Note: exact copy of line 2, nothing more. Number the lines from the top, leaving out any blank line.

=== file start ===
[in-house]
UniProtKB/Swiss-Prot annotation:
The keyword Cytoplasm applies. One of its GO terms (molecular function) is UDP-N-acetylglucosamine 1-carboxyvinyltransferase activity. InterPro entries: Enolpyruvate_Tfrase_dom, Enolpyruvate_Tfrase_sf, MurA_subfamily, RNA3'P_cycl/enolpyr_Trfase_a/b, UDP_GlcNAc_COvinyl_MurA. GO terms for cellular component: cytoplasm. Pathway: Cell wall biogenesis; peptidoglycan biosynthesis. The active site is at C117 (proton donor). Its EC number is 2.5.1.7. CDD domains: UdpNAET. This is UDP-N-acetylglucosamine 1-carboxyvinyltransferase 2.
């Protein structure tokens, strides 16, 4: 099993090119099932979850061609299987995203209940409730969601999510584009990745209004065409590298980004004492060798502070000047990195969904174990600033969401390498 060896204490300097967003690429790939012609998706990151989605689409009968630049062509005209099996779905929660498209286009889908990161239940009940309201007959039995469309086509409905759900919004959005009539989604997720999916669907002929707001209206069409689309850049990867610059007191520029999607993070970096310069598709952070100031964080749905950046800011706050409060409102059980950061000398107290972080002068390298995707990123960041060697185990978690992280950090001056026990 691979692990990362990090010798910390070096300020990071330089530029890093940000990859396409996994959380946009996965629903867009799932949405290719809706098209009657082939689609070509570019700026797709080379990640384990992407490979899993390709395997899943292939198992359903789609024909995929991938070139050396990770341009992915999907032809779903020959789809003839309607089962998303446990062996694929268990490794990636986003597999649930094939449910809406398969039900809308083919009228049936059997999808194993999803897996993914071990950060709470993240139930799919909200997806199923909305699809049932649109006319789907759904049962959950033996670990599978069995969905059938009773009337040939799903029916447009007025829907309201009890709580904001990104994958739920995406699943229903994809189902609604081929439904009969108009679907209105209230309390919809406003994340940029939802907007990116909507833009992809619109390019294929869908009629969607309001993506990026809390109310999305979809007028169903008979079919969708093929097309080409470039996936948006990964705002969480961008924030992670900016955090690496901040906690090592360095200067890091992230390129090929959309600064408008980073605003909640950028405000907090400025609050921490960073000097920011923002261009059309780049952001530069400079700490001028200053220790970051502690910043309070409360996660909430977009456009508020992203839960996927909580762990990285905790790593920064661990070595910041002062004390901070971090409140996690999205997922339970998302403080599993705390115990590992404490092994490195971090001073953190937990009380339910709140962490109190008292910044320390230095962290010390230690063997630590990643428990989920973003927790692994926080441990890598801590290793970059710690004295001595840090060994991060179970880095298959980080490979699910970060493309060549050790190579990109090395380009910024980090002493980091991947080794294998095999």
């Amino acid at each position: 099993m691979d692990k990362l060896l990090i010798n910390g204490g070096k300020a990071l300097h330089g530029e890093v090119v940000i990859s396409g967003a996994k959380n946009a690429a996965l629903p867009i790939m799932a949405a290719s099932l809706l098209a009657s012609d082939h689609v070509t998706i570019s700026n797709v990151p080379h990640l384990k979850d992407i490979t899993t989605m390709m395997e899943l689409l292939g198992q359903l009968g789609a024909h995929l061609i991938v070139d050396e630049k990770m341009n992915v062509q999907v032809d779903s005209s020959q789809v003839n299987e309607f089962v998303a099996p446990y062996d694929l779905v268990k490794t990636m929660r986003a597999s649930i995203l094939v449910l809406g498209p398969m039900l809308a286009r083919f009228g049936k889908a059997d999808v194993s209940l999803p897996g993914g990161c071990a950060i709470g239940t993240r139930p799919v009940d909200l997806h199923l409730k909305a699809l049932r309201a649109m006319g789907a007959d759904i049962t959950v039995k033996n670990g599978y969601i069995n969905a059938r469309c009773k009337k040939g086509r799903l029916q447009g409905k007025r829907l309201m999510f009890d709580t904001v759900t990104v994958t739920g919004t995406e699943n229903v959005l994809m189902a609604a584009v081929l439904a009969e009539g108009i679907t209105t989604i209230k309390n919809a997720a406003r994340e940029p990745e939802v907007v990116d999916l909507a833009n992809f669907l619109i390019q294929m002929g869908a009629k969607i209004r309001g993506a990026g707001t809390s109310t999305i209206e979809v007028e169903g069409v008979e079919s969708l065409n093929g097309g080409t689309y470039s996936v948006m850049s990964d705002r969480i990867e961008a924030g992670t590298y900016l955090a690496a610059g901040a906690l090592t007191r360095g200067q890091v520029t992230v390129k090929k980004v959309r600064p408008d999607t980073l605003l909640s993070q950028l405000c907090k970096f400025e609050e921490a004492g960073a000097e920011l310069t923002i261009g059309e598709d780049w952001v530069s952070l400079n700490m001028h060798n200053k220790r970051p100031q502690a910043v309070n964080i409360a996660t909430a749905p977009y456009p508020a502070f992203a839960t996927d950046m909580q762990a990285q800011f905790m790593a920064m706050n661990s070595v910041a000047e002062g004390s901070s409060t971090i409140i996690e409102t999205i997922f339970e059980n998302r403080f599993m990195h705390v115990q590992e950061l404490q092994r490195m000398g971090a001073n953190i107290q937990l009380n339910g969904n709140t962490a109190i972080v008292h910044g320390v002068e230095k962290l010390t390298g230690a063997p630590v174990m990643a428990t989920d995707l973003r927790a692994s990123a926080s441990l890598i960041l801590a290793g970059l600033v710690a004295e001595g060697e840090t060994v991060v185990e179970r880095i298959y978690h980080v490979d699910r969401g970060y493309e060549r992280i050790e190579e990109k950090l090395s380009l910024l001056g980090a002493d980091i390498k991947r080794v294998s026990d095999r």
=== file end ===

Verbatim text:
UniProtKB/Swiss-Prot annotation: